One who follows on another's heels; supplanter, (Genesis
Hosea 12:2-4), the
second born of the twin sons of Isaac by Rebekah. He was born probably at Lahai-roi,
when his father was fifty-nine and Abraham one hundred and fifty-nine years old.
Like his father, he was of a quiet and gentle disposition, and when he grew up
followed the life of a shepherd, while his brother Esau became an enterprising
hunter. His dealing with Esau, however, showed much mean selfishness and cunning
When Isaac was about 160 years of age, Jacob and his mother conspired to
deceive the aged patriarch (Genesis
27), with the view of procuring the transfer of the birthright to himself.
The birthright secured to him who possessed it (1) superior rank in his family
(Genesis 49:3); (2)
a double portion of the paternal inheritance (Deuteronomy
21:17); (3) the priestly office in the family (Numbers
8:17-19); and (4) the promise of the Seed in which all nations of the earth
were to be blessed (Genesis
Soon after his acquisition of his father's blessing (Genesis
27), Jacob became conscious of his guilt; and afraid of the anger of Esau,
at the suggestion of Rebekah Isaac sent him away to Haran, 400 miles or more,
to find a wife among his cousins, the family of Laban, the Syrian (28). There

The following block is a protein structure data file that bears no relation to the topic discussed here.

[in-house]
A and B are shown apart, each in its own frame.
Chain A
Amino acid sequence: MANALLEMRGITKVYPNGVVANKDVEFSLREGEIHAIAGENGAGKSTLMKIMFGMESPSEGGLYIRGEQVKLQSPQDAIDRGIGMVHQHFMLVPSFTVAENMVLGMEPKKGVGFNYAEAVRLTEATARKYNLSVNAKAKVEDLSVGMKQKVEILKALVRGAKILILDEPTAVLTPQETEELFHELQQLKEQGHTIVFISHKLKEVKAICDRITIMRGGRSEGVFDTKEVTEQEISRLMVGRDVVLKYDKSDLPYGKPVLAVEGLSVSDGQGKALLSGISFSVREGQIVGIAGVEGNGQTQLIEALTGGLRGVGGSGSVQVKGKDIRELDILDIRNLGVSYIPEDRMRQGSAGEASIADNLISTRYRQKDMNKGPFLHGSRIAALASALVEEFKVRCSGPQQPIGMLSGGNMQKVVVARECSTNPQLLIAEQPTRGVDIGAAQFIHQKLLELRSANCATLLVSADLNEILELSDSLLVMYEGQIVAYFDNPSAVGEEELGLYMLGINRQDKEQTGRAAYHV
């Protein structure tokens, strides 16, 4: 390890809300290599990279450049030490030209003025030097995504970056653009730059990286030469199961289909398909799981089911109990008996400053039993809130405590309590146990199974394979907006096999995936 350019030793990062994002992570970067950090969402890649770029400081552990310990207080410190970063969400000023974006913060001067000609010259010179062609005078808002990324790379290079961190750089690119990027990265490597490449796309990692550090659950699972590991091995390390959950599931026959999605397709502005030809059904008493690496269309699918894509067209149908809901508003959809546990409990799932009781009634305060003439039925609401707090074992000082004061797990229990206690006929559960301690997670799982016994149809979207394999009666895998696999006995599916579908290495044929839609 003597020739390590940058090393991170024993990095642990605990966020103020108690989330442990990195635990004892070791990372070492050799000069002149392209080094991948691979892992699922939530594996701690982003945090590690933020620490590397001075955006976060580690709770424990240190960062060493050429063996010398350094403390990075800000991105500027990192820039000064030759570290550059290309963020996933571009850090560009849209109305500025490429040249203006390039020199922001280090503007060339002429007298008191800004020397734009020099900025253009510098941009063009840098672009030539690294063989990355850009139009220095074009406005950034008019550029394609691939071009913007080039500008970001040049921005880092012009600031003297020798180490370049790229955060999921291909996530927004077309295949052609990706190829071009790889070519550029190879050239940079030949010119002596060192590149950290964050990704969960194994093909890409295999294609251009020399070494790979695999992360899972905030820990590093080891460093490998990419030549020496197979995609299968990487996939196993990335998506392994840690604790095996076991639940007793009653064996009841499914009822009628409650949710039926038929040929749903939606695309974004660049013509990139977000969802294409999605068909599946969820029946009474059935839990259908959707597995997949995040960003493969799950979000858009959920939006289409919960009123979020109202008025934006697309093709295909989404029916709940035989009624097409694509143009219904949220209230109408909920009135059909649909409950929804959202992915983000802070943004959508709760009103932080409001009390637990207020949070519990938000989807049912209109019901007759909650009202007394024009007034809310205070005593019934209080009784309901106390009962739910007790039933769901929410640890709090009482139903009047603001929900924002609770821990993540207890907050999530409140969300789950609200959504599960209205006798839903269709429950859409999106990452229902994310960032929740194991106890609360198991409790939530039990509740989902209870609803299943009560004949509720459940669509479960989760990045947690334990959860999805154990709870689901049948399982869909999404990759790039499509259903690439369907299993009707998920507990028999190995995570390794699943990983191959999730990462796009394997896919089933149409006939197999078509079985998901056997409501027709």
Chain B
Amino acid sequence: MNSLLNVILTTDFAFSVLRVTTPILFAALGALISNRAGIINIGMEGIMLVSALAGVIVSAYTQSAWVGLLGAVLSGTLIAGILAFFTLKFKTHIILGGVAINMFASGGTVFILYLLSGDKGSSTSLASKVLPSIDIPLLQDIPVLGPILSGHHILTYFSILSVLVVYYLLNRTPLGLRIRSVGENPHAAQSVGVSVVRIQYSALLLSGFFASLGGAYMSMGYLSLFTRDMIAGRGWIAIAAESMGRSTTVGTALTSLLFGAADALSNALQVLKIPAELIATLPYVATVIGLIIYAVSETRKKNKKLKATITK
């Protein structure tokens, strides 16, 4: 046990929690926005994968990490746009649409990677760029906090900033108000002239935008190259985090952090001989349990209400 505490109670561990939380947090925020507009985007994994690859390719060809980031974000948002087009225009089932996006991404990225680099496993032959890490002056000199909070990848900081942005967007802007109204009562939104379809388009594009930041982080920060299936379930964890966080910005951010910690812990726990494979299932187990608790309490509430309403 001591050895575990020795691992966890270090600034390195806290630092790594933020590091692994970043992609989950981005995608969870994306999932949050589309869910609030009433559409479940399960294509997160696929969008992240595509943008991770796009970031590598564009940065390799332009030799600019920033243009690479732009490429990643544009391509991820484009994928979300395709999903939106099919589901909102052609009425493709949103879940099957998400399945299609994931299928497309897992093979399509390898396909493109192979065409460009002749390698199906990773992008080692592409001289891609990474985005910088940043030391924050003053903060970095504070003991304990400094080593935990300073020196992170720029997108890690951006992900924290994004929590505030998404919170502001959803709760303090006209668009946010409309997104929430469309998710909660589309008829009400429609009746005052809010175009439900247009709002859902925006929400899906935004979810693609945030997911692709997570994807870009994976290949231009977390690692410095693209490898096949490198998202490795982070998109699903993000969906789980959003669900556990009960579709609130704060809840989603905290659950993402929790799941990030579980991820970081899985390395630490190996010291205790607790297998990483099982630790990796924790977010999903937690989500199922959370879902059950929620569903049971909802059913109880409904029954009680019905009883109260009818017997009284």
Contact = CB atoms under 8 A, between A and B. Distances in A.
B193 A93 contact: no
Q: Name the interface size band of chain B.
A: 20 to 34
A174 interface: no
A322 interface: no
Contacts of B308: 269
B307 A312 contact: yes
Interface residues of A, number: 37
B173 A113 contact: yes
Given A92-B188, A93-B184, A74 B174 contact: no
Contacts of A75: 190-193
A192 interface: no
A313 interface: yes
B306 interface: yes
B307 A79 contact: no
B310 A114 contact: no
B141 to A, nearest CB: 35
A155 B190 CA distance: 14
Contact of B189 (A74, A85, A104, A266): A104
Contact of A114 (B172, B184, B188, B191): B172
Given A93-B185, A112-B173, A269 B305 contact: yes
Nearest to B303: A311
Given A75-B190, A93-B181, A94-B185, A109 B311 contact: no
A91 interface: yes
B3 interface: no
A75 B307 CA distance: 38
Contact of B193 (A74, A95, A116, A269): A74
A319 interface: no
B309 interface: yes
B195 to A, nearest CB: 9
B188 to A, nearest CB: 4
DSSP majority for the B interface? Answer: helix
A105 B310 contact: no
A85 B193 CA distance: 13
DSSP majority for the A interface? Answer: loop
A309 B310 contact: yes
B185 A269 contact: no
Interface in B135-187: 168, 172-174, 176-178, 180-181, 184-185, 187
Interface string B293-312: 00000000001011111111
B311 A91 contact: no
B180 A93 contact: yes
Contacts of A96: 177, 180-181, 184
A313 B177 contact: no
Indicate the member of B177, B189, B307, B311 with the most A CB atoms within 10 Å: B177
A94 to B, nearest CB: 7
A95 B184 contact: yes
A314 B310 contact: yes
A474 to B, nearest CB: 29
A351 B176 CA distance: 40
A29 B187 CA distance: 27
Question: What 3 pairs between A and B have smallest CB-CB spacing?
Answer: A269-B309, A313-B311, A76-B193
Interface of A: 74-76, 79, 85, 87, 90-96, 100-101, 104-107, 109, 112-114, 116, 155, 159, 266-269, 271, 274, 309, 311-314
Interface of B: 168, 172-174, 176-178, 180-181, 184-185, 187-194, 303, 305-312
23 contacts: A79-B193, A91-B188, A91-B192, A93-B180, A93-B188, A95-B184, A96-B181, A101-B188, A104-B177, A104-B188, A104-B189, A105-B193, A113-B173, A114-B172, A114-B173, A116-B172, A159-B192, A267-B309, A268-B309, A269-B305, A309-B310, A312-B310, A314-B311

he met with Rachel (29). Laban would not consent to give him his daughter in marriage
till he had served seven years; but to Jacob these years "seemed but a few days,
for the love he had to her." But when the seven years were expired, Laban craftily
deceived Jacob, and gave him his daughter Leah. Other seven years of service had
to be completed probably before he obtained the beloved Rachel. But "life-long
sorrow, disgrace, and trials, in the retributive providence of God, followed as
a consequence of this double union."
At the close of the fourteen years of service, Jacob desired to return
to his parents, but at the entreaty of Laban he tarried yet six years with him,
tending his flocks (31:41).
He then set out with his family and property "to go to Isaac his father in the
land of Canaan" (Genesis
31). Laban was angry when he heard that Jacob had set out on his journey,
and pursued after him, overtaking him in seven days. The meeting was of a painful
kind. After much recrimination and reproach directed against Jacob, Laban is at
length pacified, and taking an affectionate farewell of his daughters, returns
to his home in Padanaram. And now all connection of the Israelites with Mesopotamia
is at an end.
Soon after parting with Laban he is met by a company of angels, as if to
greet him on his return and welcome him back to the Land of Promise (32:1,
2). He called the name of the place Mahanaim, i.e., "the double camp," probably
his own camp and that of the angels. The vision of angels was the counterpart
of that he had formerly seen at Bethel, when, twenty years before, the weary,
solitary traveller, on his way to Padan-aram, saw the angels of God ascending
and descending on the ladder whose top reached to heaven (28:12).
He now hears with dismay of the approach of his brother Esau with a band
of 400 men to meet him. In great agony of mind he prepares for the worst. He feels
that he must now depend only on God, and he betakes himself to him in earnest
prayer, and sends on before him a munificent present to Esau, "a present to my